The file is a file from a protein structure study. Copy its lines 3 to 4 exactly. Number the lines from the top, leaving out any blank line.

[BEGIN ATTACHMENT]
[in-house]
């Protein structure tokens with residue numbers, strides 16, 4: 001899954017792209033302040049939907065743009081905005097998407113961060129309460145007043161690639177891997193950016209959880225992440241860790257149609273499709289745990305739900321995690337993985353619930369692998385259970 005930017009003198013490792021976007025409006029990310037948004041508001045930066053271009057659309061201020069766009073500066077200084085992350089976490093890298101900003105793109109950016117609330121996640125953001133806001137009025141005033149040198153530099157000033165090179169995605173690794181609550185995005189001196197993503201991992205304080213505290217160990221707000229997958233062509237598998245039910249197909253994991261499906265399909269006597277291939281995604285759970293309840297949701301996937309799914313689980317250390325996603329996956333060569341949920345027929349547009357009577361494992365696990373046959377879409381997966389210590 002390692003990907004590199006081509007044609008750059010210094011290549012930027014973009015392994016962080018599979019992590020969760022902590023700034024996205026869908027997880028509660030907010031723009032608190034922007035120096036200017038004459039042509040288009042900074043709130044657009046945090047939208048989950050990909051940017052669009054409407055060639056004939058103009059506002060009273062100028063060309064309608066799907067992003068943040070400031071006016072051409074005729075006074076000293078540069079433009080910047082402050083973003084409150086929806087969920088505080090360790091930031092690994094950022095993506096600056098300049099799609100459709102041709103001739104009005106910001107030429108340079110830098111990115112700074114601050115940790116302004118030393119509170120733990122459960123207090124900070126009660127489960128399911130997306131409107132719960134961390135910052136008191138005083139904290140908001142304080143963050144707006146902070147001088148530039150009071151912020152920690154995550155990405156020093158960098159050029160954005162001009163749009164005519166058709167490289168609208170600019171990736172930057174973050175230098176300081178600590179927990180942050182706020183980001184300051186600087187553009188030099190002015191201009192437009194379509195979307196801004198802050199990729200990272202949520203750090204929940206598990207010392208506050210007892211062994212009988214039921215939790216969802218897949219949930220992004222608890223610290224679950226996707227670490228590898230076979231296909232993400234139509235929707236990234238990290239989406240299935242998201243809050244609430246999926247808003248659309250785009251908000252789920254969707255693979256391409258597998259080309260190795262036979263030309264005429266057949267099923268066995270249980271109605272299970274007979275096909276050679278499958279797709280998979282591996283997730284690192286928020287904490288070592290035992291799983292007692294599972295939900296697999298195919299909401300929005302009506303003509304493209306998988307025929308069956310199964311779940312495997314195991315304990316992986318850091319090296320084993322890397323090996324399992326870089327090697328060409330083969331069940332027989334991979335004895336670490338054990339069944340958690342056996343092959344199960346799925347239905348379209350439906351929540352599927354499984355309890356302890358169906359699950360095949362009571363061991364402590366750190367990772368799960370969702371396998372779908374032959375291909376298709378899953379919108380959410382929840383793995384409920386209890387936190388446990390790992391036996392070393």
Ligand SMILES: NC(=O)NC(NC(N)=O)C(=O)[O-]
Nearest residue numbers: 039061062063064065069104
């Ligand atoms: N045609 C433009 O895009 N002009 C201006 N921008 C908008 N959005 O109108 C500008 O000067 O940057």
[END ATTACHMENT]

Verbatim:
Ligand SMILES: NC(=O)NC(NC(N)=O)C(=O)[O-]
Nearest residue numbers: 039061062063064065069104